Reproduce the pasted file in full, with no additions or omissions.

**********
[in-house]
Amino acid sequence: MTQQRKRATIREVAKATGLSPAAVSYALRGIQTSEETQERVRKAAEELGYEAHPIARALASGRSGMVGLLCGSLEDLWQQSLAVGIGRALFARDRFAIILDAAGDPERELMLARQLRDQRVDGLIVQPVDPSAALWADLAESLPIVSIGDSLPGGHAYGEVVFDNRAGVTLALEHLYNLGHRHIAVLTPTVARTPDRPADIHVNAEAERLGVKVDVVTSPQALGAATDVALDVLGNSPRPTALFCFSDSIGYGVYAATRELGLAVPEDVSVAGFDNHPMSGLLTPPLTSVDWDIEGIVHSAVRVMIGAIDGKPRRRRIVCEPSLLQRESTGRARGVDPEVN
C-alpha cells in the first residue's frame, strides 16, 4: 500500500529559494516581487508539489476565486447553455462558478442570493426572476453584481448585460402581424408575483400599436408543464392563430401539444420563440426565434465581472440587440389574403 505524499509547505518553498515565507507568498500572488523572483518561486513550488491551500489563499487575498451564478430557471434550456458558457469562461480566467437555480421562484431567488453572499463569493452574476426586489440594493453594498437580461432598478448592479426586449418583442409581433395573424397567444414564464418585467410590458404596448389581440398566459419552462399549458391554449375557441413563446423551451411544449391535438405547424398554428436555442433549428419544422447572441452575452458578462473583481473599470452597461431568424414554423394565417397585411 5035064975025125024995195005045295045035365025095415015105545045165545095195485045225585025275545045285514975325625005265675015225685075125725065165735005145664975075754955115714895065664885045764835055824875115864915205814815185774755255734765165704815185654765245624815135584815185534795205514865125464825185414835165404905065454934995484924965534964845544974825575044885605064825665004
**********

[in-house]
Amino acid sequence: MTQQRKRATIREVAKATGLSPAAVSYALRGIQTSEETQERVRKAAEELGYEAHPIARALASGRSGMVGLLCGSLEDLWQQSLAVGIGRALFARDRFAIILDAAGDPERELMLARQLRDQRVDGLIVQPVDPSAALWADLAESLPIVSIGDSLPGGHAYGEVVFDNRAGVTLALEHLYNLGHRHIAVLTPTVARTPDRPADIHVNAEAERLGVKVDVVTSPQALGAATDVALDVLGNSPRPTALFCFSDSIGYGVYAATRELGLAVPEDVSVAGFDNHPMSGLLTPPLTSVDWDIEGIVHSAVRVMIGAIDGKPRRRRIVCEPSLLQRESTGRARGVDPEVN
C-alpha cells in the first residue's frame, strides 16, 4: 500500500529559494516581487508539489476565486447553455462558478442570493426572476453584481448585460402581424408575483400599436408543464392563430401539444420563440426565434465581472440587440389574403 505524499509547505518553498515565507507568498500572488523572483518561486513550488491551500489563499487575498451564478430557471434550456458558457469562461480566467437555480421562484431567488453572499463569493452574476426586489440594493453594498437580461432598478448592479426586449418583442409581433395573424397567444414564464418585467410590458404596448389581440398566459419552462399549458391554449375557441413563446423551451411544449391535438405547424398554428436555442433549428419544422447572441452575452458578462473583481473599470452597461431568424414554423394565417397585411 5035064975025125024995195005045295045035365025095415015105545045165545095195485045225585025275545045285514975325625005265675015225685075125725065165735005145664975075754955115714895065664885045764835055824875115864915205814815185774755255734765165704815185654765245624815135584815185534795205514865125464825185414835165404905065454934995484924965534964845544974825575044885605064825665004